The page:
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Glendale, Ariz. • The temperature outside University of Phoenix Stadium will probably be higher than 100 degrees at kickoff, and the game won't start until around bedtime for most kids, but for new BYU coach Kalani Sitake it will feel like Christmas morning has finally arrived.

The long wait to begin the Sitake era of Cougar football is over, as BYU takes on the Pac-12's Arizona on Saturday at 8:30 p.m. MDT in the Valley of the Sun.

That's fitting, because the heat will be on from the start for the new coach and his staff — comprised of mostly inexperienced former BYU players, like himself — even if the opener is in a climate-controlled indoor venue that will likely include more BYU fans than Wildcats supporters, despite Tucson being less than a two-hour drive away.

With an ultra-tough schedule that threatens to snap the school's streak of 11 consecutive bowl appearances, and the eyes of the Big 12 conference upon the football independent desperate for an invitation to that Power Five league, every game is huge, and Sitake knows it.

"I wouldn't want it any other way," he said in June. "This is the kind of schedule I would have wanted to play when I was a player."

Earlier this week, Sitake said he had no butterflies in his stomach before his coaching debut, having prepared for dozens of big games like this as a defensive coordinator at Oregon State and Utah.

"Nah, I am good," he said, chuckling. "I have been more nervous for a lot of different things, but I feel confident in our players, and the talent that we have. It is not about me. I am excited and ready to go. More than anything, we have been waiting a long time. This is like Christmas coming up."

Unlike a certain rival it will face next week, BYU will never be able to open against a subpar opponent as an independent, perpetually having to front-load its schedule when P5 teams are most available. Next year, for instance, the Cougars open against the SEC's LSU Tigers at NRG Stadium in Houston.

"Our mindset is, whoever shows up, we are going to play our best," Sitake said. "We are going to focus on that opponent.

"I think if it was an FCS-type of team, we would still prepare as if it was going to be an Arizona-type team. That's our mindset."

It will be the sixth time BYU has opened against Arizona, more than any other opponent; The Cougars won the last opener, 20-7 in 2007, but Arizona won the last matchup, 31-21 in the 2008 Las Vegas Bowl, and leads the series 12-9-1.

Sitake's predecessor, Bronco Mendenhall, lost 20-3 to Boston College in his head-coaching debut. Mendenhall's predecessor, Gary Crowton, defeated Tulane 70-35 in his first game as BYU's head coach after LaVell Edwards stepped down.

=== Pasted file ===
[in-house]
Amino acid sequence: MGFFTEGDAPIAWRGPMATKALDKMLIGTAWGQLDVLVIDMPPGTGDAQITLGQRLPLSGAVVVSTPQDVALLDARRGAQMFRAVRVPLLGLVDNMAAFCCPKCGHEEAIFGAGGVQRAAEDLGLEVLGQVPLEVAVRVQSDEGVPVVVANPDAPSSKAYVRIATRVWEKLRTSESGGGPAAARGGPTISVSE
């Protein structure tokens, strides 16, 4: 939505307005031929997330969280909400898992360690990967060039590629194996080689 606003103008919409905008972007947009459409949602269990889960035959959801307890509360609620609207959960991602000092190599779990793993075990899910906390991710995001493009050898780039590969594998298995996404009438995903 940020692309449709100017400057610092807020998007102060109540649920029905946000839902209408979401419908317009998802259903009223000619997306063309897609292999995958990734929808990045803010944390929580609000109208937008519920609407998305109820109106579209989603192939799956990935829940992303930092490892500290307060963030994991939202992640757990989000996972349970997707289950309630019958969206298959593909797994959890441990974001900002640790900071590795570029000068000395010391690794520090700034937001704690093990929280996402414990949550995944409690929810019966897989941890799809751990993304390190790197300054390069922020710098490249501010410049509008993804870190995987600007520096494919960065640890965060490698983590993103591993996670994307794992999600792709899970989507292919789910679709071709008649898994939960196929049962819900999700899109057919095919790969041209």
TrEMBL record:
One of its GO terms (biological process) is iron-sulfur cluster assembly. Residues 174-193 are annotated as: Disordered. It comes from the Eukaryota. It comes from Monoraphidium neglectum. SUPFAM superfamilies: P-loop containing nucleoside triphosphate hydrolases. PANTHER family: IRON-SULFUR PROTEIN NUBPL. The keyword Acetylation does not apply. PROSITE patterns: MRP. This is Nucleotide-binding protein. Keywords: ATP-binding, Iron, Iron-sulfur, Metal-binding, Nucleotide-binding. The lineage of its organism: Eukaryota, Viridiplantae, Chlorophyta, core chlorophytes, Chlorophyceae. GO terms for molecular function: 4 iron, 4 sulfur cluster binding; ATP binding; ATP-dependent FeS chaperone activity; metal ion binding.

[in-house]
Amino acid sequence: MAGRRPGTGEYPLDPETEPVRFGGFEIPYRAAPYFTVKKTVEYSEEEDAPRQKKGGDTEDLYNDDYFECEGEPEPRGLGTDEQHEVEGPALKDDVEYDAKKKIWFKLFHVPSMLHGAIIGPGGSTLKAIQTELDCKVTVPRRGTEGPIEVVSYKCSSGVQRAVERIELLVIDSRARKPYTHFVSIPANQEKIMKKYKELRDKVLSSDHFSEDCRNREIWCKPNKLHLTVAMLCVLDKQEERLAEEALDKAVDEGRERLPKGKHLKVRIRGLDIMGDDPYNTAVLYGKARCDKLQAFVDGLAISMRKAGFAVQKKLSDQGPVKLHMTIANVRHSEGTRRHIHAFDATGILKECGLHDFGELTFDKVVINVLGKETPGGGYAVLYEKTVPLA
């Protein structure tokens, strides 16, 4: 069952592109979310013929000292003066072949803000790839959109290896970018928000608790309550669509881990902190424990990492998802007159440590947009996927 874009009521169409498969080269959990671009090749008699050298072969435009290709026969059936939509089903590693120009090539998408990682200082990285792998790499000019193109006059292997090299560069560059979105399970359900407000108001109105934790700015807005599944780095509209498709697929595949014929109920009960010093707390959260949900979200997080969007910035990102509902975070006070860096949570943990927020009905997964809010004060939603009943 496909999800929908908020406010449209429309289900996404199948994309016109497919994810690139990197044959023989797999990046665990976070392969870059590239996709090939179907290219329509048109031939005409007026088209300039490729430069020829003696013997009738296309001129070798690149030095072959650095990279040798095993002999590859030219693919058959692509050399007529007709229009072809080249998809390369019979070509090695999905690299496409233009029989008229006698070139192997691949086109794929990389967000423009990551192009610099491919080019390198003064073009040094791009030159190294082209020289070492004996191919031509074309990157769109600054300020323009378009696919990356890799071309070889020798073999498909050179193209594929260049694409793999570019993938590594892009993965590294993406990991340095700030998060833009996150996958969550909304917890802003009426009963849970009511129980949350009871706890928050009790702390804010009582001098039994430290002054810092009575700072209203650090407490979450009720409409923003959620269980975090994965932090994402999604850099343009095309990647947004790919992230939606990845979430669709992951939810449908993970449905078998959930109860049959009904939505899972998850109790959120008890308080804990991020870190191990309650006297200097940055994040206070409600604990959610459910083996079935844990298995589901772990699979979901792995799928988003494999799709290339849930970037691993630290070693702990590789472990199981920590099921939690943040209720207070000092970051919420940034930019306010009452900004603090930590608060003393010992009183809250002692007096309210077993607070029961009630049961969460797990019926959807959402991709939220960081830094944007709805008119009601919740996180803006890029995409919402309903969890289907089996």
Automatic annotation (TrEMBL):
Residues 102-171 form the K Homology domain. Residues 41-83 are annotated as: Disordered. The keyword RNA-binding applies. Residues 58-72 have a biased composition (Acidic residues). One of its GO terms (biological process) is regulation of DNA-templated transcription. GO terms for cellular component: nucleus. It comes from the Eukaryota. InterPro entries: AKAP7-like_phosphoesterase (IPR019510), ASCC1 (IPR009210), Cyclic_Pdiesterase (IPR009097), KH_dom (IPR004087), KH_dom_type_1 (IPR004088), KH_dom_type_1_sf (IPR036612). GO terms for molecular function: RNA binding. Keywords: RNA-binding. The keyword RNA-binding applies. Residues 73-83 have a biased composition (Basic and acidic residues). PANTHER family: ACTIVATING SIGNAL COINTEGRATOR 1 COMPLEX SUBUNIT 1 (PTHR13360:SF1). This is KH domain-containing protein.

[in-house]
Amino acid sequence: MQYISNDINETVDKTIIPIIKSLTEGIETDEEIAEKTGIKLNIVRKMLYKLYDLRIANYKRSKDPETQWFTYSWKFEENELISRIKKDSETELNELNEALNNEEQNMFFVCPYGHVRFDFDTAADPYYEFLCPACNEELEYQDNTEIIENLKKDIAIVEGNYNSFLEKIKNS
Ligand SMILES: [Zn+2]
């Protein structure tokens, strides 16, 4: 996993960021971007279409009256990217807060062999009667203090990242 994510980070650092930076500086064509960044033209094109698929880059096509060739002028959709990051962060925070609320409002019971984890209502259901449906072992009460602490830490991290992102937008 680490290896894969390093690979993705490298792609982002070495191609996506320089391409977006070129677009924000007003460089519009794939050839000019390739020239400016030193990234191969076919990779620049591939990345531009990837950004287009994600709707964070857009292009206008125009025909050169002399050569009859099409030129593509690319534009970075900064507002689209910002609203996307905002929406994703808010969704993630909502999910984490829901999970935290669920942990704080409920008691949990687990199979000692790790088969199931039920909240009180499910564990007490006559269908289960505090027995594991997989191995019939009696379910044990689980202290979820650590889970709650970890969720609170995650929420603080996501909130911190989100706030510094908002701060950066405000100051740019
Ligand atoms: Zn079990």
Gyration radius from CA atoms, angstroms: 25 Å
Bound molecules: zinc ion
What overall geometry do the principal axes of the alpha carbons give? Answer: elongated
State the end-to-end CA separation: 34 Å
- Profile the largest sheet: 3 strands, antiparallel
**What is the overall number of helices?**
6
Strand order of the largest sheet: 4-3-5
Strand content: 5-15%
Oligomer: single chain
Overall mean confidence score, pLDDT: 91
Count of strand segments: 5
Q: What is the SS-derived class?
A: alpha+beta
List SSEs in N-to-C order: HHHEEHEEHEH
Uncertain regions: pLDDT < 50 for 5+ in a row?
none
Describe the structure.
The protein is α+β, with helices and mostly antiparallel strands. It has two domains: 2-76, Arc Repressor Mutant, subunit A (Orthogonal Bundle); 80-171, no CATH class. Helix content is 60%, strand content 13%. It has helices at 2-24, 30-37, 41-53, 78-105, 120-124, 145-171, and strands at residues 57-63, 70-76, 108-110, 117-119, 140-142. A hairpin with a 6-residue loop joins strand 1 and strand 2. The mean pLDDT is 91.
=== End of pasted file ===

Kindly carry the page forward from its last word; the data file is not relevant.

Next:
That Sitake has changed things up is evident everywhere one looks, from the more aggressive offensive and defensive schemes to the absence of the Friday night firesides that some players said distracted them from their game preparations. But perhaps the biggest difference can be seen in the confidence, and looseness, of those players, who have seemingly bought in to the new coach's infectious attitude and positivity.

"We are just ready to wake the beast, you know?" said safety Kai Nacua. "We just stay calm, focus on what we need to focus on, don't let outside things get in the way. When game day comes, just unleash that beast, and let's roll."

Arizona, which has undergone several changes itself, especially on the defensive side of the ball, is the first of three consecutive Pac-12 South opponents for BYU, which plays at Utah next Saturday and hosts UCLA on Sept. 17 in Provo. A win is vital, or the Cougars could be staring at an 0-4 start because they have to play West Virginia in Landover, Md., in Week 4.

Linebacker Harvey Langi said "hype is cheap, talk is cheap," and noted that it is finally time to show detractors who say BYU's coaching staff is too inexperienced that his team can back up its confidence with victories.

"We are just trying to play our game and show that, hey, BYU can play," Langi said. "We want to show that we weren't just dinking around during the offseason. We came together, and we want to put something special out there for everyone to see, like, these guys are from Provo, Utah and can play some football. We are playing an out-of-state team, in a great conference. That's the type of exposure we want and need."

Twitter: @drewjay —

BYU vs. Arizona

At University of Phoenix Stadium, Glendale, Ariz.

Kickoff • Saturday, 8:30 p.m. MDT

TV • Fox Sports 1

Radio • 1160 AM, 102.7 FM, Sirius XM 143 (BYU Radio)

Records • BYU 0-0, Arizona 0-0

Series history • Arizona leads, 12-9-1

Last meeting • Arizona 31, BYU 21 (Dec. 20, 2008)

About the Wildcats • They finished 7-6 in coach Rich Rodriguez's fourth year at the helm in 2015, defeating New Mexico 45-37 in the New Mexico Bowl. … Rodriguez revamped his defense this season, bringing in defensive coordinator Marcel Yates from Boise State. … They won't name a starting quarterback until just before kickoff, but it is expected to be junior Anu Solomon, who threw for 2,667 yards and 20 touchdowns last season, with just five interceptions. … Their top rushing threat is Nick Wilson, a junior who rushed for 729 yards in 2015.

About the Cougars • After going 9-4 last year and losing 35-28 to Utah in the Las Vegas Bowl, they've replaced 11-year coach Bronco Mendenhall with the first Tongan to become a head college football coach, Kalani Sitake. … They have also changed their offensive and defensive schemes, going to a more pro style offense under new offensive coordinator Ty Detmer and a 4-3 defensive front, with more man-press coverage, under new defensive coordinator Ilaisa Tuiaki. … Fifth-year senior Taysom Hill will make his fourth consecutive opening-day start at quarterback, having beaten out sophomore Tanner Mangum for the spot.